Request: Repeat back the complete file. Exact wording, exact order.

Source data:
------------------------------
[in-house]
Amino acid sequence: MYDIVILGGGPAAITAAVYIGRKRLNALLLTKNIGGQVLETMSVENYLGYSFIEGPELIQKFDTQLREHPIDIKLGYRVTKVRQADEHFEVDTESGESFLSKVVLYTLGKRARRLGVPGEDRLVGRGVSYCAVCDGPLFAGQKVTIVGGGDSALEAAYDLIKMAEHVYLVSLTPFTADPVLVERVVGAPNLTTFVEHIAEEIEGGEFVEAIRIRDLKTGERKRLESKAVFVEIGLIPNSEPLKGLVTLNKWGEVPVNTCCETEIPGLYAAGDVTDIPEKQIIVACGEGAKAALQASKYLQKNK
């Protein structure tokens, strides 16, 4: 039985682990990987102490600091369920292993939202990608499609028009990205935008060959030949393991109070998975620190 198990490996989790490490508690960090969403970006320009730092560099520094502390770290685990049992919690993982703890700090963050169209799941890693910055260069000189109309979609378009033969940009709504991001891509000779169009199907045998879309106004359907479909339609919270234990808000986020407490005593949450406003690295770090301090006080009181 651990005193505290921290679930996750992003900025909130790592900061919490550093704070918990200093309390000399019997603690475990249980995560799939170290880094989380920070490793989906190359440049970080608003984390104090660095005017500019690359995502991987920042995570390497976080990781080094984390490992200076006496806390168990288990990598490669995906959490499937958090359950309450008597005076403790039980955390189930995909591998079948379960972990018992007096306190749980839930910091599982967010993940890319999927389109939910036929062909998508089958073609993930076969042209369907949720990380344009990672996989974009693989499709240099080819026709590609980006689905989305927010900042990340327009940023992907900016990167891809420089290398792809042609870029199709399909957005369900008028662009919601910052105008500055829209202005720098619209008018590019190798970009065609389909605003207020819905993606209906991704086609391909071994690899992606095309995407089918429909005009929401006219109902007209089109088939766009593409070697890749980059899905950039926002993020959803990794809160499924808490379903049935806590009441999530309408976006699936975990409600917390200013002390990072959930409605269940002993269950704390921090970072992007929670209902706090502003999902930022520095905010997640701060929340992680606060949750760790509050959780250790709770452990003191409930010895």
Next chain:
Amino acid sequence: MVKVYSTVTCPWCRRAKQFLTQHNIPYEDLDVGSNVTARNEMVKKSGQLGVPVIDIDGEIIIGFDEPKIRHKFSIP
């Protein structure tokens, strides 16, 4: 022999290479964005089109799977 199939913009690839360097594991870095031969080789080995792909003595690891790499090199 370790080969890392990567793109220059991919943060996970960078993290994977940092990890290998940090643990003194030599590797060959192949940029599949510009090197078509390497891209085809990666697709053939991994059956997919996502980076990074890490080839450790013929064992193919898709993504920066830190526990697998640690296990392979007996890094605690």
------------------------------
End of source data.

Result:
[in-house]
Amino acid sequence: MYDIVILGGGPAAITAAVYIGRKRLNALLLTKNIGGQVLETMSVENYLGYSFIEGPELIQKFDTQLREHPIDIKLGYRVTKVRQADEHFEVDTESGESFLSKVVLYTLGKRARRLGVPGEDRLVGRGVSYCAVCDGPLFAGQKVTIVGGGDSALEAAYDLIKMAEHVYLVSLTPFTADPVLVERVVGAPNLTTFVEHIAEEIEGGEFVEAIRIRDLKTGERKRLESKAVFVEIGLIPNSEPLKGLVTLNKWGEVPVNTCCETEIPGLYAAGDVTDIPEKQIIVACGEGAKAALQASKYLQKNK
């Protein structure tokens, strides 16, 4: 039985682990990987102490600091369920292993939202990608499609028009990205935008060959030949393991109070998975620190 198990490996989790490490508690960090969403970006320009730092560099520094502390770290685990049992919690993982703890700090963050169209799941890693910055260069000189109309979609378009033969940009709504991001891509000779169009199907045998879309106004359907479909339609919270234990808000986020407490005593949450406003690295770090301090006080009181 651990005193505290921290679930996750992003900025909130790592900061919490550093704070918990200093309390000399019997603690475990249980995560799939170290880094989380920070490793989906190359440049970080608003984390104090660095005017500019690359995502991987920042995570390497976080990781080094984390490992200076006496806390168990288990990598490669995906959490499937958090359950309450008597005076403790039980955390189930995909591998079948379960972990018992007096306190749980839930910091599982967010993940890319999927389109939910036929062909998508089958073609993930076969042209369907949720990380344009990672996989974009693989499709240099080819026709590609980006689905989305927010900042990340327009940023992907900016990167891809420089290398792809042609870029199709399909957005369900008028662009919601910052105008500055829209202005720098619209008018590019190798970009065609389909605003207020819905993606209906991704086609391909071994690899992606095309995407089918429909005009929401006219109902007209089109088939766009593409070697890749980059899905950039926002993020959803990794809160499924808490379903049935806590009441999530309408976006699936975990409600917390200013002390990072959930409605269940002993269950704390921090970072992007929670209902706090502003999902930022520095905010997640701060929340992680606060949750760790509050959780250790709770452990003191409930010895």
Next chain:
Amino acid sequence: MVKVYSTVTCPWCRRAKQFLTQHNIPYEDLDVGSNVTARNEMVKKSGQLGVPVIDIDGEIIIGFDEPKIRHKFSIP
């Protein structure tokens, strides 16, 4: 022999290479964005089109799977 199939913009690839360097594991870095031969080789080995792909003595690891790499090199 370790080969890392990567793109220059991919943060996970960078993290994977940092990890290998940090643990003194030599590797060959192949940029599949510009090197078509390497891209085809990666697709053939991994059956997919996502980076990074890490080839450790013929064992193919898709993504920066830190526990697998640690296990392979007996890094605690």